An A–E scoring scale is used by both Detailed and General Assessors to score applications against the selection criteria. Please note that the wording and percentages used in the scoring scale vary between schemes. The Assessor Handbook includes detailed descriptions of the criteria for each scoring band in the scoring matrix. Please consult the Assessor Handbook to ensure you use the correct rating scale for the scheme round under assessment.
Detailed assessors submit online assessments to the ARC through the Research Management System (RMS). The merits of each application must be assessed against the selection criteria set out in the scheme Grant Guidelines.
The structure of the assessment form varies from scheme to scheme, but typically Detailed Assessors provide scores and written comments for each selection criterion against the scoring matrix provided in the Assessor Handbook. The comments given by the Detailed Assessors should correlate to the scores given and also provide constructive details that justify the ratings and enable an appropriate rejoinder.
For most schemes, the ARC aims to have a minimum of two Detailed Assessors assigned to each Application.
Please refer to the Assessors Resources page for further information regarding the ARC expectations for high quality assessments.
In most ARC schemes, once Detailed Assessors submit their assessments to the ARC, applicants are invited to respond to the assessor comments via a rejoinder process.
Scores and assessor details are not released to applicants.
The rejoinder process allows applicants to clarify any misunderstanding or difference of opinion about perceived weaknesses in the application. This process also provides an important feedback mechanism that can help researchers improve future applications. The Detailed Assessments (scores and comments) and the rejoinders are then provided to the General Assessors (Carriages) assigned to that application.
General Assessors use the scoring matrix in the Assessor Handbook to assess an application's merits against selection criteria as set out in the scheme Grant Guidelines.
General Assessors are asked to undertake a preliminary assessment and scoring of their Carriage applications when they are first given access to their assignments. It is essential for Carriages to review their assignments immediately to assist in identifying conflicts early in the process. If a conflict is identified, the Carriage must reject the application assignment and the ARC can assign a new Carriage.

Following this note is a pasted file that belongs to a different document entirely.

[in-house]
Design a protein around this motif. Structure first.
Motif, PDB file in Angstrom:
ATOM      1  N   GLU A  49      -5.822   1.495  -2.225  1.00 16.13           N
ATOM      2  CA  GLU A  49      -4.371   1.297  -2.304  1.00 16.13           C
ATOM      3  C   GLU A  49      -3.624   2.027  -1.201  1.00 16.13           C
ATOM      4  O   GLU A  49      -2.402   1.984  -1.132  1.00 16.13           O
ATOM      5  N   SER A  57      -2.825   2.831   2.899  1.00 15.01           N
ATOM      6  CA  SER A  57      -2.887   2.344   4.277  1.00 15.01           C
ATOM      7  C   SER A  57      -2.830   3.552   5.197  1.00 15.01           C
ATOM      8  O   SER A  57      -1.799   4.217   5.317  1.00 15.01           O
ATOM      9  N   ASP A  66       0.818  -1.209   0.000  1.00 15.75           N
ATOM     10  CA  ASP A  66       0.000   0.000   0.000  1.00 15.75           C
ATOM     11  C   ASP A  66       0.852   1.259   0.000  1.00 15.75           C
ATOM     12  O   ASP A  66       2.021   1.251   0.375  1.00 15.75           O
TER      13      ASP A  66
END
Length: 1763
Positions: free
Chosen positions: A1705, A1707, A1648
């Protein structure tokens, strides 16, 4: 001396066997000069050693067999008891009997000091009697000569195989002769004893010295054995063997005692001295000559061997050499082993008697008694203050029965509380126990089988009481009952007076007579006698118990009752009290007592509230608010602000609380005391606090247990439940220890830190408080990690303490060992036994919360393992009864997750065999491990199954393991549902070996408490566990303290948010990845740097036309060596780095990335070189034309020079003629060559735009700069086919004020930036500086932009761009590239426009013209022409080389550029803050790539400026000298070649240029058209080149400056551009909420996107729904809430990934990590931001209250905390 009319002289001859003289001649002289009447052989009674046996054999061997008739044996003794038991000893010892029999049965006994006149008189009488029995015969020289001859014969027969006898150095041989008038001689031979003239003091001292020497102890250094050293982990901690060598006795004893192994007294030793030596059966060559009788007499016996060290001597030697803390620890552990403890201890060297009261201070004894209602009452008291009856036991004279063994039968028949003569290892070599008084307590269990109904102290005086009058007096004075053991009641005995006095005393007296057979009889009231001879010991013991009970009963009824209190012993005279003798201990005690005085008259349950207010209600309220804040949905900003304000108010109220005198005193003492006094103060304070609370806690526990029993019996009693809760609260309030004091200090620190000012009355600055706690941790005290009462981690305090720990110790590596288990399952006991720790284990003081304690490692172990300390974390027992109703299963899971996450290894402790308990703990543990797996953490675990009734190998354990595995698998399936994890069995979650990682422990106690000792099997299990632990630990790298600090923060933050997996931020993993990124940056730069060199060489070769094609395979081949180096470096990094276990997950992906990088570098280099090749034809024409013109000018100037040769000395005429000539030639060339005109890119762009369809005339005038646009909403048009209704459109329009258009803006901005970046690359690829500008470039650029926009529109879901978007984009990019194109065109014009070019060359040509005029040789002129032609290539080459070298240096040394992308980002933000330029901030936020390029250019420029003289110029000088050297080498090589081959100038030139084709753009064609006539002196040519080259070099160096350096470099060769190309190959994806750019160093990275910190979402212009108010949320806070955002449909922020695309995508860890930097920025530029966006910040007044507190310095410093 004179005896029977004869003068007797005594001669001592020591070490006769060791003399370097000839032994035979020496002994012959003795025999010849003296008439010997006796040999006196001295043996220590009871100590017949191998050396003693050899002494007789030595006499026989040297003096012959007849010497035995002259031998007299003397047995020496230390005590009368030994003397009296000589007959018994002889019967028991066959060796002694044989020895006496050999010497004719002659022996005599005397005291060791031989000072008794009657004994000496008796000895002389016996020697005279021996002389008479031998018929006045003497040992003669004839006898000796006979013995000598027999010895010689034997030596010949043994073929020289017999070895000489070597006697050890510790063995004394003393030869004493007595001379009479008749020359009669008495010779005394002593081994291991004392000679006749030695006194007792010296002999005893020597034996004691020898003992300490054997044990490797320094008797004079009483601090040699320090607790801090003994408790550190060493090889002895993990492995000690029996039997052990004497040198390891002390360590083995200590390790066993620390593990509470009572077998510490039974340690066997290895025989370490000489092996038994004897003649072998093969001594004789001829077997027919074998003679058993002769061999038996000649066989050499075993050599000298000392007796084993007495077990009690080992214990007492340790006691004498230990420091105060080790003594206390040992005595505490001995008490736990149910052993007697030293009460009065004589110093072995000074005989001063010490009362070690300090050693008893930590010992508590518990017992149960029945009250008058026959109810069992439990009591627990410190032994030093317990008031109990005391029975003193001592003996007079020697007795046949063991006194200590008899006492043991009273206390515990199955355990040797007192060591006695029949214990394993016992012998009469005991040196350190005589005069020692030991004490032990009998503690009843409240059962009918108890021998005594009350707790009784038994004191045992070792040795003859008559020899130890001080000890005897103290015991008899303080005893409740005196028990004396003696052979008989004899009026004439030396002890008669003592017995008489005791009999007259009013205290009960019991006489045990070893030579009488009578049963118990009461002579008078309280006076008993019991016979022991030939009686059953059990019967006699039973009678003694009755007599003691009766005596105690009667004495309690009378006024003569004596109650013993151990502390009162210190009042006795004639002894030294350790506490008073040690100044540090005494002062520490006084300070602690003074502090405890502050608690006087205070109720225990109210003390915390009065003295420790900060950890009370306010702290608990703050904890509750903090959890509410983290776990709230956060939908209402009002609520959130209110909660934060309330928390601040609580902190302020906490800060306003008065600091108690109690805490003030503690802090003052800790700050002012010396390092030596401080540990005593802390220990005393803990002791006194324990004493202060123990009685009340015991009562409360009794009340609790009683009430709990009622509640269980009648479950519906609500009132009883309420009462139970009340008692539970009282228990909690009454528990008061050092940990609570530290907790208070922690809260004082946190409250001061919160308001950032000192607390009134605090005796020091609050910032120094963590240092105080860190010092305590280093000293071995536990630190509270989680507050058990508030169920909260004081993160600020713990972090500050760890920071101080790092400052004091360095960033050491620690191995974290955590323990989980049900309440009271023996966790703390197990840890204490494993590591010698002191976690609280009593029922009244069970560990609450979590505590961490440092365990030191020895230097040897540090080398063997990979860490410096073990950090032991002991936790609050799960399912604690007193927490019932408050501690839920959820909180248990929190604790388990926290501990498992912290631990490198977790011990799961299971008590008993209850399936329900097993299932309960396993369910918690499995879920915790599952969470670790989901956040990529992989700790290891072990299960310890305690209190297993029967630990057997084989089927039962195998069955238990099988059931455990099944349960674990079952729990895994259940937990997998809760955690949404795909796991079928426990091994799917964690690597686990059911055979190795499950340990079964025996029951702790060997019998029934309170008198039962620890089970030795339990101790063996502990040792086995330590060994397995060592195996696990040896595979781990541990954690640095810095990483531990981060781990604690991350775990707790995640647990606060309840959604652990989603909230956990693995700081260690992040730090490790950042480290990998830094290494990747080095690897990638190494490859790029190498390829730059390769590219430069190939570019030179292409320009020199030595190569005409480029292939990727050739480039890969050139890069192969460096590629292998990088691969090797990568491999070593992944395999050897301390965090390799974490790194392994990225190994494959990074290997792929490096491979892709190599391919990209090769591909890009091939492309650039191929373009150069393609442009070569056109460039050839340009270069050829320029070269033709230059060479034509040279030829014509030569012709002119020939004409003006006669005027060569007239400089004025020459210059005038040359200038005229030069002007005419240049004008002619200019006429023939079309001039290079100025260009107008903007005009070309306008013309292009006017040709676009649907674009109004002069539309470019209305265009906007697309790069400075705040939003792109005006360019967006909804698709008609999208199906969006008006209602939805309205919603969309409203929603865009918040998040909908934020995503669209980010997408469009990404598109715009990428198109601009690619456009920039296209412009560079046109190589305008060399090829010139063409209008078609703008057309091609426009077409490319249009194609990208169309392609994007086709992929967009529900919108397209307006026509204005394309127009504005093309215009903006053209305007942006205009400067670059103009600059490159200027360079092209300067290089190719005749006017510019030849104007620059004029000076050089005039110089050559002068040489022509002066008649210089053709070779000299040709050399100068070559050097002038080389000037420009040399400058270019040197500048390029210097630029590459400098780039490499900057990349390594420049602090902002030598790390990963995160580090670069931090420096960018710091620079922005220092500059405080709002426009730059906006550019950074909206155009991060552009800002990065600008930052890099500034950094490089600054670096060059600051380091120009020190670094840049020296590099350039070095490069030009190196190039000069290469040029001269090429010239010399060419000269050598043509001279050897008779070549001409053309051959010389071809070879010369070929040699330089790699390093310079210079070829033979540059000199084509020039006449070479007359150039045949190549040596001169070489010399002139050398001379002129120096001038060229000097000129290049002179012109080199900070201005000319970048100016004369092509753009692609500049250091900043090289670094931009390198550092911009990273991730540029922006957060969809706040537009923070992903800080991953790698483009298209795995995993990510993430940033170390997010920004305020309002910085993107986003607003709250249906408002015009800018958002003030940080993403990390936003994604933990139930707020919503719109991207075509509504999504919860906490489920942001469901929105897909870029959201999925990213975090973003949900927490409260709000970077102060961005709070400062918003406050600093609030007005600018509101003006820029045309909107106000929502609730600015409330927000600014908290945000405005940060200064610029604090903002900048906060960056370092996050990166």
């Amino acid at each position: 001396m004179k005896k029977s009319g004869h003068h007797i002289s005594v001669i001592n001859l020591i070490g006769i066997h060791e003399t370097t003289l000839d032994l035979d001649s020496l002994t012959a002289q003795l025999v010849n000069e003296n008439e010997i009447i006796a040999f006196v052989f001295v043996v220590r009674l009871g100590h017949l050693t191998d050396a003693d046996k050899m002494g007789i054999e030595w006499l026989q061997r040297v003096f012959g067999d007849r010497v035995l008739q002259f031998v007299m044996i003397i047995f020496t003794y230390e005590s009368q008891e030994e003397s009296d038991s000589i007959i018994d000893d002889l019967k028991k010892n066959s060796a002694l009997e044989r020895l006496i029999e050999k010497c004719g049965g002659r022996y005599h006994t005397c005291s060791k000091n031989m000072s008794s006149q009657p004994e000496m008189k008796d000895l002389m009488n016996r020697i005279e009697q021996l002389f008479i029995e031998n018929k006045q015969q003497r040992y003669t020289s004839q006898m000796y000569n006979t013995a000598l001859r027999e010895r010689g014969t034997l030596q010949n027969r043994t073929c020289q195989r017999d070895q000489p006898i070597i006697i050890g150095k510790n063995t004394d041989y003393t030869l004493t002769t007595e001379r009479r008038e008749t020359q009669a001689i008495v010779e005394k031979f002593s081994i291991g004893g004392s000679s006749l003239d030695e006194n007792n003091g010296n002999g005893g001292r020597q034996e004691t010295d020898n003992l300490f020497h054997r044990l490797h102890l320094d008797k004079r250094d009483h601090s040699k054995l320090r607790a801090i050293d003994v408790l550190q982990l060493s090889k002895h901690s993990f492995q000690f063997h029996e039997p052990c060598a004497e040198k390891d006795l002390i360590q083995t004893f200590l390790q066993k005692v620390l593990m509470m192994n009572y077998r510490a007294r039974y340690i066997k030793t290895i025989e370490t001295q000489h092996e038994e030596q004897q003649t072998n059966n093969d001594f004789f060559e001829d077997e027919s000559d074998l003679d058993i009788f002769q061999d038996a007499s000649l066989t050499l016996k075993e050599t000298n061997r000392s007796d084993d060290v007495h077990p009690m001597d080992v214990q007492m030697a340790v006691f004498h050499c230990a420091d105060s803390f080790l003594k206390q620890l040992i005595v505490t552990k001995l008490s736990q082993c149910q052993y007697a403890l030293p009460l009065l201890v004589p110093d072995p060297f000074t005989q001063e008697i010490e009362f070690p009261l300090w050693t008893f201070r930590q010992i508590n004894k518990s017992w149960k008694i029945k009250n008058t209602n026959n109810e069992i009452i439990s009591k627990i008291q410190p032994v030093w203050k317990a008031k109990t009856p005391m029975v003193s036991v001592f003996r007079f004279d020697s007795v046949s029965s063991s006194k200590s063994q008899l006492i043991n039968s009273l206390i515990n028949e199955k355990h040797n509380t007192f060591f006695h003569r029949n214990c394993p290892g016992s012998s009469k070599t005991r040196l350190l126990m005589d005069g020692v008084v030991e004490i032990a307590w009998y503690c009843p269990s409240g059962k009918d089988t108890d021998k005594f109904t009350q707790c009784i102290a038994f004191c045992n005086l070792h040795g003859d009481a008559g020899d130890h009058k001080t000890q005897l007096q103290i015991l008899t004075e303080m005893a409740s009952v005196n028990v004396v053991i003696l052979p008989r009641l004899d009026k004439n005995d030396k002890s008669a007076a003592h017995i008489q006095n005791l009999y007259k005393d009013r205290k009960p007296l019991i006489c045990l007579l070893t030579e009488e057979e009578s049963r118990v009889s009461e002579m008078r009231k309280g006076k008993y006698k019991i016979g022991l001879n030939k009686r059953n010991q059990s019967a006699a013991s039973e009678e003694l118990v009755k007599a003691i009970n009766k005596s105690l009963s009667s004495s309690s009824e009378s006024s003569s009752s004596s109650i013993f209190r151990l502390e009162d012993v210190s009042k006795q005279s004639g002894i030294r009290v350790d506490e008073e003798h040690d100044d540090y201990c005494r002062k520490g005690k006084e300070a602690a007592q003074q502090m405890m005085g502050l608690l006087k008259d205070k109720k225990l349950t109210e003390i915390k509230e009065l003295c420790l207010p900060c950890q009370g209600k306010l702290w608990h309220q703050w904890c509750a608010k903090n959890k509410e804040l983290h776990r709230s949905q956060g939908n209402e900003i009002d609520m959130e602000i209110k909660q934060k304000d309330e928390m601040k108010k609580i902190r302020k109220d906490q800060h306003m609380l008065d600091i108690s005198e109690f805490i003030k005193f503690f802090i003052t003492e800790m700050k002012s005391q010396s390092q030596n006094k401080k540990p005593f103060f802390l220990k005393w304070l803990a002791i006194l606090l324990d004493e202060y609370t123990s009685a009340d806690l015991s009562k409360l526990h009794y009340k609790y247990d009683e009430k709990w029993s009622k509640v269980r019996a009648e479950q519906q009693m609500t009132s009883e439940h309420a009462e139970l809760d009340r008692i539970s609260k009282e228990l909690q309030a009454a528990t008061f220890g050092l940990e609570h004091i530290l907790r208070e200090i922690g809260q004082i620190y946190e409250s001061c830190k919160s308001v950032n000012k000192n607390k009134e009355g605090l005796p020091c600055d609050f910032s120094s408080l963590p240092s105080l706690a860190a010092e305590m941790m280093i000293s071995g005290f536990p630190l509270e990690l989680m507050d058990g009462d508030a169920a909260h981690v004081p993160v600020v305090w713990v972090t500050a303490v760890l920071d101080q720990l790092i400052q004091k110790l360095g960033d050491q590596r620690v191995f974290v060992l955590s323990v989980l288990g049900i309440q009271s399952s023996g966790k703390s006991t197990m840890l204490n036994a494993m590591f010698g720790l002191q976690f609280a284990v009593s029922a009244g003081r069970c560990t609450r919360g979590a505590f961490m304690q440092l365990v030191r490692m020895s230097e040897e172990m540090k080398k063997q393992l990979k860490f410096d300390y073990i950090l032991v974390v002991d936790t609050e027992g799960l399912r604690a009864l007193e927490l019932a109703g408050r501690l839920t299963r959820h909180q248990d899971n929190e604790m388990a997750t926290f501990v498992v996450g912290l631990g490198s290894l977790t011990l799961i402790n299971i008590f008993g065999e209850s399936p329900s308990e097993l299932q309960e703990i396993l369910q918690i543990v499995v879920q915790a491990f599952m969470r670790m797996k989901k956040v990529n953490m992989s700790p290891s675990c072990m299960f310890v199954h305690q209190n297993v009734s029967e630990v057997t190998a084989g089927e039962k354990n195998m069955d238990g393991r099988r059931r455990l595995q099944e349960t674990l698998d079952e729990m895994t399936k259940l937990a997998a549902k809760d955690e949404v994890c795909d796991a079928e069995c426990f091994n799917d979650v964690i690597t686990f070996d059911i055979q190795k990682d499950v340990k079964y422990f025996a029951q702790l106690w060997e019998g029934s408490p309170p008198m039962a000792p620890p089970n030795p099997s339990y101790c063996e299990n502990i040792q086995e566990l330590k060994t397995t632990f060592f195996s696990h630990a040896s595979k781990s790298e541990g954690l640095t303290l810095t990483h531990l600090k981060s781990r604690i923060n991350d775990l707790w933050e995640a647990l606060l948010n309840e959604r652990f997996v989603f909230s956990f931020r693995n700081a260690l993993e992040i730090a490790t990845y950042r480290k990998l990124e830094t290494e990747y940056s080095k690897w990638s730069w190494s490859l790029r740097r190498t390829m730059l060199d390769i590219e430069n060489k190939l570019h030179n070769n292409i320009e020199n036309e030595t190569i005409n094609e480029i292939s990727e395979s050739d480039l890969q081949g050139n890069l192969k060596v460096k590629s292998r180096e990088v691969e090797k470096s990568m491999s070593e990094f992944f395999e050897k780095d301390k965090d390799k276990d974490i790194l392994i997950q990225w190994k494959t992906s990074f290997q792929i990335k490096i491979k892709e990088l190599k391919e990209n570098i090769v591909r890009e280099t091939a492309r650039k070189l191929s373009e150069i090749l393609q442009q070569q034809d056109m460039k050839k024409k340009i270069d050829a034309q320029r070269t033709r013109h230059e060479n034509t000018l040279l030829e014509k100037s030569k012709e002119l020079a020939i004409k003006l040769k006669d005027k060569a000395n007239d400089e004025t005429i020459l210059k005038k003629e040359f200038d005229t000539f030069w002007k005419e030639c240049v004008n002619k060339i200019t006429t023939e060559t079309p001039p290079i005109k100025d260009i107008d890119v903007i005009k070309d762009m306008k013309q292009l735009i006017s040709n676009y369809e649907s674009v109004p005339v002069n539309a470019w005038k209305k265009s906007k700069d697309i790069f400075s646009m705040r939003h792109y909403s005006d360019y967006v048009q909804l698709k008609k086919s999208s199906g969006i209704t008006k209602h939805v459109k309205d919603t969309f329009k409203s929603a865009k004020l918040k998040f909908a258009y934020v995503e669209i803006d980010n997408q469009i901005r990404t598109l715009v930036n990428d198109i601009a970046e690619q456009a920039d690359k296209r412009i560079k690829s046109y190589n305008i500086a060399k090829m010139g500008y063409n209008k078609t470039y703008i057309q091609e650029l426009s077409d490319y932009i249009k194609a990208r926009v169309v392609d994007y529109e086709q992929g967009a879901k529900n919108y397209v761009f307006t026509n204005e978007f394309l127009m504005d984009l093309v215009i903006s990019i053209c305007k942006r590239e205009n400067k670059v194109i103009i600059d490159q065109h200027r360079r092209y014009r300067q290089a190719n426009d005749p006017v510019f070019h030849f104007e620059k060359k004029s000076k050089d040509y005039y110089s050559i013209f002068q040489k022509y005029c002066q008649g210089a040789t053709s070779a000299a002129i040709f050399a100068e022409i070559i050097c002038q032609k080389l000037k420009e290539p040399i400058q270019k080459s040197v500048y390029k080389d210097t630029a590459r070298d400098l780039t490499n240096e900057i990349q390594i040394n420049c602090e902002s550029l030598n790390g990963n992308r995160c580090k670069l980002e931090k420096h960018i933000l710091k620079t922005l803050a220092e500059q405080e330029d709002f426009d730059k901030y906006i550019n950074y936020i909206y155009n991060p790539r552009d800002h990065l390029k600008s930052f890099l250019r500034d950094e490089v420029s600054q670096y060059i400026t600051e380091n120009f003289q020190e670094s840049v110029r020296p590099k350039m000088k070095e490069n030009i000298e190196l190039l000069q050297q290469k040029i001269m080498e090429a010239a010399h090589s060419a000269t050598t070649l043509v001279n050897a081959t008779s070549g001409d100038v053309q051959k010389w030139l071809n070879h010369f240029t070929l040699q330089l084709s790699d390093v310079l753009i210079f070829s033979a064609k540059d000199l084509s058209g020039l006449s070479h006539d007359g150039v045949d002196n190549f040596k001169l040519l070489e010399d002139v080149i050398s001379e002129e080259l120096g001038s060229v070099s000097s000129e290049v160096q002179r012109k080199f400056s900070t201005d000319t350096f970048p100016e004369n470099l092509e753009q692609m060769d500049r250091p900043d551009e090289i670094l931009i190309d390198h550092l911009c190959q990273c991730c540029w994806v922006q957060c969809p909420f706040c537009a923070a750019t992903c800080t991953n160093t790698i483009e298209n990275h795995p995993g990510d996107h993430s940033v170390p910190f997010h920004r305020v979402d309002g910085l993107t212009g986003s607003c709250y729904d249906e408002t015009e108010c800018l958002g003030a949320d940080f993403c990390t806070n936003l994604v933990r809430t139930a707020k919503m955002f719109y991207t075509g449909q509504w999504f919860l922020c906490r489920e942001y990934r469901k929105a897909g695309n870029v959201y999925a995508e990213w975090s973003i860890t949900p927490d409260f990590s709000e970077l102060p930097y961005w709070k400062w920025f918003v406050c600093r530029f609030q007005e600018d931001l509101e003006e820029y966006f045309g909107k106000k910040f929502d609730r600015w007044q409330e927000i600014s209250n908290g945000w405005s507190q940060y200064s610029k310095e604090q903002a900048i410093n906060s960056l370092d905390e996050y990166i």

Once the rejoinder period has closed, General Assessors are given access to Detailed Assessor comments and scores, and the applicant’s rejoinder. General Assessors consider these when providing final application scores.
For most schemes, General Assessors are expected to discuss their assessment with the other General Assessor/s assigned to a given application before they finalise and submit scores to the ARC. This process of consultation is to assist where scores or opinions may not align and is essential for interdisciplinary/cross-panel assignments.
General Assessors submit online assessments to the ARC through the Research Management System (RMS).
Initial Ranking of Applications
The assessor scores each selection criterion separately using the A–E scoring bands. A ‘Proposal Score’ which takes into account the criterion weightings for the specific scheme is automatically calculated when an assessor enters all the scores and saves the application assessment.
Proposal Scores from Detailed and General Assessors are then combined to provide a single value (the overall application score) for each application. This is performed by calculating the median of the average of the General ratings and the average of the Detailed ratings.
For some schemes, the General Assessor’s raw scores are normalised to redistribute all of the assessments provided by a General Assessor across the full spectrum of scores.
The creation of an overall application score allows applications to be sorted into an initial ranked list to be used as the basis of selection panel discussions.
Selection Advisory Committee (SAC) meetings for ARC schemes are held throughout the year. The largest selection meeting is in August.
SAC members (General Assessors) attend selection meetings to identify, discuss and recommend the highest quality applications and to recommend how much funding these applications should receive.
Selection of applications to recommend for funding
The SAC considers all application information, assessor reports and rejoinder statements in determining the final list for recommendation.
SAC members consider each budget request in detail and make a recommendation as to the level of funding to be provided. Considerations include value for money, the justification for the requested budget items, and whether the items are allowable under the scheme Grant Guidelines.
The SAC’s funding recommendations are reviewed by the ARC CEO who will also take the statement addressing the National Interest Test into consideration (where applicable). The ARC CEO will then provide recommendations to the Minister for Education.
The Minister provides the final approval and announces all funding outcomes.